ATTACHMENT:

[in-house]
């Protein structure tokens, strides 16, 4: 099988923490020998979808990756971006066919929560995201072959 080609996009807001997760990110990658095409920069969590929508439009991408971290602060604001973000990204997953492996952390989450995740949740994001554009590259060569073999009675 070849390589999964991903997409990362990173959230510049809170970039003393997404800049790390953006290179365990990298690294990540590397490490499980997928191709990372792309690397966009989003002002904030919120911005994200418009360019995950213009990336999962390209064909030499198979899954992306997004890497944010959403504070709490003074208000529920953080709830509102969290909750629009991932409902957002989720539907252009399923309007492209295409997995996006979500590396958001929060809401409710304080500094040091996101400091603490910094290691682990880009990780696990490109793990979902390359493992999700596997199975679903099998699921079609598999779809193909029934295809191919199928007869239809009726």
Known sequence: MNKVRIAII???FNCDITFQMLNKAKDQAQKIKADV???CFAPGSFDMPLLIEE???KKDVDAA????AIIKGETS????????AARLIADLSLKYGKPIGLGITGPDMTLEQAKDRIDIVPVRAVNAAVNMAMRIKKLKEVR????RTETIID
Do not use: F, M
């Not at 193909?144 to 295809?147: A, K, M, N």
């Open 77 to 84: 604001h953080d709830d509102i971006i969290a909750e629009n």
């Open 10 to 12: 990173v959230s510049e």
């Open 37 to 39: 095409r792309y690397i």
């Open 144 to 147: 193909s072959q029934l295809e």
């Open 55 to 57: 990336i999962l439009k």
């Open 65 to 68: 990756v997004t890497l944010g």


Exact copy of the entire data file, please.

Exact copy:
[in-house]
């Protein structure tokens, strides 16, 4: 099988923490020998979808990756971006066919929560995201072959 080609996009807001997760990110990658095409920069969590929508439009991408971290602060604001973000990204997953492996952390989450995740949740994001554009590259060569073999009675 070849390589999964991903997409990362990173959230510049809170970039003393997404800049790390953006290179365990990298690294990540590397490490499980997928191709990372792309690397966009989003002002904030919120911005994200418009360019995950213009990336999962390209064909030499198979899954992306997004890497944010959403504070709490003074208000529920953080709830509102969290909750629009991932409902957002989720539907252009399923309007492209295409997995996006979500590396958001929060809401409710304080500094040091996101400091603490910094290691682990880009990780696990490109793990979902390359493992999700596997199975679903099998699921079609598999779809193909029934295809191919199928007869239809009726």
Known sequence: MNKVRIAII???FNCDITFQMLNKAKDQAQKIKADV???CFAPGSFDMPLLIEE???KKDVDAA????AIIKGETS????????AARLIADLSLKYGKPIGLGITGPDMTLEQAKDRIDIVPVRAVNAAVNMAMRIKKLKEVR????RTETIID
Do not use: F, M
């Not at 193909?144 to 295809?147: A, K, M, N």
């Open 77 to 84: 604001h953080d709830d509102i971006i969290a909750e629009n």
């Open 10 to 12: 990173v959230s510049e």
């Open 37 to 39: 095409r792309y690397i």
């Open 144 to 147: 193909s072959q029934l295809e």
């Open 55 to 57: 990336i999962l439009k």
């Open 65 to 68: 990756v997004t890497l944010g």